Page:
Last Updated on 9 February 2024 by Ann-Marie Nye
The 2024 meeting of the United Reformed Church (URC) Assembly Executive opened on 9 February at The Hayes Conference Centre in Swanwick, with a welcome by the Revd Dr Tessa Henry Robinson, Moderator of the URC General Assembly 2023-2024.
The Moderator also welcomed members into new roles and new members of Assembly Executive attending for the first time.
Karen Campbell and the Revd Stephen Anso-Adda, the Moderator’s chaplains, led lively worship, including hymns, prayer and poetry. Stephen sang “The Impossible Dream”.
He read the story of Samuel’s call by God from 1 Samuel 3, and Daniel Raddings read from 1 Corinthians 1 and 3 about the foolishness of God.
Karen preached, noting that Samuel was not an obvious person to bring God’s word, as he did not even know the Lord. At Assembly Executive, she said, there are some voices we turn off and others we find it easy to attend to.
Who do we give attention to? she asked. Who do we filter out? Who do we hear and who do we ignore? How do we know which voices are God’s? Karen quoted Tessa as saying: “Listening is pastoral and can be life-saving.” Are we ready to hear God’s voice? Karen asked. “Speak, Lord, your servant is listening. But are we?”
The session concluded with a short opportunity for members of Assembly Executive to introduce themselves to each other.
Update from Finance on budget progress
Alan Yates, URC Treasurer, gave a verbal update about the work done following the Assembly Executive Budget meeting which took place by Zoom on 28 November 2023.
In recent years, Alan reminded the Assembly Executive, meeting at the Hayes Conference Centre, Swanwick, that the Ministry and Mission (MoM) fund deficit has been increasing. At the meeting in November, Assembly Executive agreed that this was unsustainable, and it asked the Finance Committee to eliminate the deficit over the next five-seven years.
The consultations that have taken place since, Alan continued, have been done with grace. And he shared that in 2023, the Synods had given £1.9m to ‘top up’ the MoM fund. “Without that support, the fund would have been in deficit of £3m last year, and I thank the Synods for their generosity.”
Since November, the work has started to inform policies and tasks going forward, and included meetings with Synod Moderators, the Resource Sharing Task Group (RSTG) Convenor and Secretary, the General Secretariat, Synod Treasurers and representatives from Synod Trusts.
There is now a proposition, Alan continued, which might not be easy but has been described as sensible. “The URC can balance the MoM budget in seven years if receipts are kept at 2023 actuals, and, at the same time, reductions in expenditure by Assembly Committees and Church House of between 5% and 3% each year is achieved.”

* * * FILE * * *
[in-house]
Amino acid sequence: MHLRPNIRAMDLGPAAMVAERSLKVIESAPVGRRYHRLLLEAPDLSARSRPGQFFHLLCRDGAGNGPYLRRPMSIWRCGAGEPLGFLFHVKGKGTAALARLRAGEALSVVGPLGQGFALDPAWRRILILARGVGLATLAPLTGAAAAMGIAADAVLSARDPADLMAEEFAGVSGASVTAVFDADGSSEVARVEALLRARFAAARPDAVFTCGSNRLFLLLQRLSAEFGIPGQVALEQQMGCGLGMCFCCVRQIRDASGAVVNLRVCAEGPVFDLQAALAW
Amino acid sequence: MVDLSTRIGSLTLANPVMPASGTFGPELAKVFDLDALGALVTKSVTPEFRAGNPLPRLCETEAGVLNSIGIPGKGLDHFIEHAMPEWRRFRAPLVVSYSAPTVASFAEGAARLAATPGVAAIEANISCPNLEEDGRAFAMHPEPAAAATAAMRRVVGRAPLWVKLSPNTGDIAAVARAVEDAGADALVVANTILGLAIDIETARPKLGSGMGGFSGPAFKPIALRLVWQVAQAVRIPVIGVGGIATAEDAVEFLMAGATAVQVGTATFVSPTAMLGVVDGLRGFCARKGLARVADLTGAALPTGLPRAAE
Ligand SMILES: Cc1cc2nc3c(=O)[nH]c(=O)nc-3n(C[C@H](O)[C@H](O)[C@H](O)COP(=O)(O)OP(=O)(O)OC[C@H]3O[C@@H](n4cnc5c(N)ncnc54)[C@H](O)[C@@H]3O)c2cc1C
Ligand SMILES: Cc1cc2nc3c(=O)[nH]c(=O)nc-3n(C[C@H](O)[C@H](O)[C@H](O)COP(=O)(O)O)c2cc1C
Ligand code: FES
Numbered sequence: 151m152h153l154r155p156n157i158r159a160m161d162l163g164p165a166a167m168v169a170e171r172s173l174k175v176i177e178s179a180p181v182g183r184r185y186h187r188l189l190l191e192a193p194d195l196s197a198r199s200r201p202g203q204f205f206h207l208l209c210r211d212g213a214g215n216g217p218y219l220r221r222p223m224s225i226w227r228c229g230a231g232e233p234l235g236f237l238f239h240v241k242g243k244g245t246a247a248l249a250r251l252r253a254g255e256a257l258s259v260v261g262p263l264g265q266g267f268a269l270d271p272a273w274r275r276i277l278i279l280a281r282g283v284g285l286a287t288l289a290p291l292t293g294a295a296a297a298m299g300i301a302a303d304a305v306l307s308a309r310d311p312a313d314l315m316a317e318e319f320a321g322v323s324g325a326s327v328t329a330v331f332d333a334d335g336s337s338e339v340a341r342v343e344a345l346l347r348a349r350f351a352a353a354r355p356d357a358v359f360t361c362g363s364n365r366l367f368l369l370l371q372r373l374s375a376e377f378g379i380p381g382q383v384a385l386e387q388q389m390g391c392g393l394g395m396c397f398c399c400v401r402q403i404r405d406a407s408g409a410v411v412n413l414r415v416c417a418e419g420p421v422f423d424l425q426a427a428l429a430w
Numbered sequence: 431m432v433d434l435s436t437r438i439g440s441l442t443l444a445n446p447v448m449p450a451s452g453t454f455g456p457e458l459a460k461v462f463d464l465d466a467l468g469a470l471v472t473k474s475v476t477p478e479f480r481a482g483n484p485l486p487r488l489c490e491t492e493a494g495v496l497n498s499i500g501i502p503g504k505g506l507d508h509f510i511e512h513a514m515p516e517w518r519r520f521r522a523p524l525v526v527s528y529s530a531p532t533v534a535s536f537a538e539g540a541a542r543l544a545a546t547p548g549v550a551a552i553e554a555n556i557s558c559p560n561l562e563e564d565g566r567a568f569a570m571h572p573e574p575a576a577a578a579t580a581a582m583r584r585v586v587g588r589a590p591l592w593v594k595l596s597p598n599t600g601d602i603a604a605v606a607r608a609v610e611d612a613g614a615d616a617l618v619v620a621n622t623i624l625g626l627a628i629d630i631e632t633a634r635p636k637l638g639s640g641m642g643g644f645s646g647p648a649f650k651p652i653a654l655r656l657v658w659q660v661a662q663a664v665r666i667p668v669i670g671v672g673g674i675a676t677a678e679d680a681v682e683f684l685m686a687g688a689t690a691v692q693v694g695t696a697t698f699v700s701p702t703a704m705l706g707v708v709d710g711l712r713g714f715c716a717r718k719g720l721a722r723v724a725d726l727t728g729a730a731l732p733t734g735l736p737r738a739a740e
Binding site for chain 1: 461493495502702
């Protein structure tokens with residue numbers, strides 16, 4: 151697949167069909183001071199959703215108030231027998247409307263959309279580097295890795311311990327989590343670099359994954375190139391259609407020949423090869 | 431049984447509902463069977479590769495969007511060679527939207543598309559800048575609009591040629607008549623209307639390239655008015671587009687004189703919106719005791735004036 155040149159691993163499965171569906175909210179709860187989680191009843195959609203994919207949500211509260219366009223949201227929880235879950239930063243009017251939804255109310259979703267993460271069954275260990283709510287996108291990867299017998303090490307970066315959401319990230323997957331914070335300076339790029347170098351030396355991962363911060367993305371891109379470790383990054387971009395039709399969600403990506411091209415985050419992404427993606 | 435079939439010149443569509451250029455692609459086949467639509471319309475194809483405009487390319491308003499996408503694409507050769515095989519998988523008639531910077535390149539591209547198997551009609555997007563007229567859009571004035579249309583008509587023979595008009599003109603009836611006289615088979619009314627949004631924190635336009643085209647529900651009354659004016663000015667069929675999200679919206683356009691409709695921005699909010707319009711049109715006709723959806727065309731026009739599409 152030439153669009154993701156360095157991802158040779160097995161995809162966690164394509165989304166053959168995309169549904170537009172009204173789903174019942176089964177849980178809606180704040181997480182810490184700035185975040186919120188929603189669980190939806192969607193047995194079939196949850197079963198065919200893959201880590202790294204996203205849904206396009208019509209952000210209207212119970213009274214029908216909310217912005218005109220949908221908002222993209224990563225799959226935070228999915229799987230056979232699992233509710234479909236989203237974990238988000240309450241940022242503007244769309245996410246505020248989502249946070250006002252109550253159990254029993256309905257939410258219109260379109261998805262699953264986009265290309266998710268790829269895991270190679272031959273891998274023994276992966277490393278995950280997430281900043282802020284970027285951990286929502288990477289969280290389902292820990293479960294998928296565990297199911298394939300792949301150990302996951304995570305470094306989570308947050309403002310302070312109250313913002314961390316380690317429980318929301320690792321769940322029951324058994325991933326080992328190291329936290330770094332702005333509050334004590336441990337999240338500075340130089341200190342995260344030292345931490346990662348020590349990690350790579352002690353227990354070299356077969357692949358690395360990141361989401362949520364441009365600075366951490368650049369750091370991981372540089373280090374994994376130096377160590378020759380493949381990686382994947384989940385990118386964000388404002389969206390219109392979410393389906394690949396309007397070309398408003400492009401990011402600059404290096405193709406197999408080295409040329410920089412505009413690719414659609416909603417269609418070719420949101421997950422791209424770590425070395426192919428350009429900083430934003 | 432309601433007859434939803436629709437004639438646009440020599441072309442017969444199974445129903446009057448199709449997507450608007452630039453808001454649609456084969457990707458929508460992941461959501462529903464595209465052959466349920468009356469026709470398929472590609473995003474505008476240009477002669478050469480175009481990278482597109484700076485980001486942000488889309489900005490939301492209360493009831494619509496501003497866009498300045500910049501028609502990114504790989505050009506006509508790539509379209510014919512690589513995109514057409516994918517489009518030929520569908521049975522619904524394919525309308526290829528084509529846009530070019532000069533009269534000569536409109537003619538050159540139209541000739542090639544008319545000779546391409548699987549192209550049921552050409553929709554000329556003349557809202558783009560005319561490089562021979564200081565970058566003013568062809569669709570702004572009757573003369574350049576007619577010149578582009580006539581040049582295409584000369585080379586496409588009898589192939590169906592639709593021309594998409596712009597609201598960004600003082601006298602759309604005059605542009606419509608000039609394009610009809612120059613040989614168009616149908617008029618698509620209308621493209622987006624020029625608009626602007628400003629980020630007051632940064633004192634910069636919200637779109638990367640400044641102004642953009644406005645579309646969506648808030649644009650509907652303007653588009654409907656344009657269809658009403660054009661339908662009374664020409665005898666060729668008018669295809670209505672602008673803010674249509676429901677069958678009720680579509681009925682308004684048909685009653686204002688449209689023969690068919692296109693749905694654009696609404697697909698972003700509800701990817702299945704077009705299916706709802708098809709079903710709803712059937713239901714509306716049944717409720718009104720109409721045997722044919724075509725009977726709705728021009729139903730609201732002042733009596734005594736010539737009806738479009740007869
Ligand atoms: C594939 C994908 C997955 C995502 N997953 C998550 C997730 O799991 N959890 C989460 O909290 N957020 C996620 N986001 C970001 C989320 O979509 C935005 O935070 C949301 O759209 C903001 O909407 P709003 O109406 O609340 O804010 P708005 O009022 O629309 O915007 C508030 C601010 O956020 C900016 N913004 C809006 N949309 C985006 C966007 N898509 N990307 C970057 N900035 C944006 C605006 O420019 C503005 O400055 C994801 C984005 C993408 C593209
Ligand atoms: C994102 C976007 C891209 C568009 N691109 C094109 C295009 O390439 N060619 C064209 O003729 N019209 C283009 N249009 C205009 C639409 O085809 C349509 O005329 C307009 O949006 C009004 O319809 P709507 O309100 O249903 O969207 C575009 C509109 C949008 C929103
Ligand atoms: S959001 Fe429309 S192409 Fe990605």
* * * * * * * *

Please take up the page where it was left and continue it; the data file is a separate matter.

The lion’s share might come from the sale of redundant buildings, but this is unpredictable.
To aid the process, the RSTG has agreed to help Synods unable to meet their target in any particular year.
Meetings with URC Committee convenors and secretaries will now take place.
Alan finished: “This is just a plan – the plan will need to respond to significant changes, and can be amended, remembering that at the November meeting, 20% of the vote was for a growth plan.”
H1 Ministries: URC Comptency Process
The Revd Mary Thomas presented Paper H1, which takes a pastoral approach in handling concerns around a minister’s performance so as to assist them to improve performance of their duties.
Mary advised Assembly Executive that this new process arose from responses from those who have had to implement the previous URC Capability Process, agreed at General Assembly 2020. They felt that process was similar to a disciplinary process and was not helpful.
Mary explained how the process of discernment (an inner sense of Call alongside external discernment) is a process that continues throughout Ministers’ work in various posts through the use of the Marks of the Ministry for Ministers of Word and Sacraments and Core Competencies for Church Related Community Workers.
Ministers are not expected to demonstrate gifts in all areas, so they are supported throughout their years of ministry to grow in recognition and self-awareness of what learning could enhance their practice and what tools could equip them.
Sometimes, Mary explained, the performance of a minister may fall short, and if this does not fall under a disability as defined under the Equality Act 2010, the revised Competency Process can be used to assist the minister and the relevant council of the church.
“It is hoped that this process, which mirrors that of the Amber Light process used by our RCLs, might achieve an improved working life for the minister and help them to flourish in their post,” Mary said.
“It also allows for the fact that this may not be possible and outlines how the relevant council of the church may seek to move the minister to inactive status.”
The resolution was then put to Assembly Executive and was carried unanimously.
Reporting team: Stephen Tomkins, Ann-Marie Nye, Laurence Waring and Andy Jackson.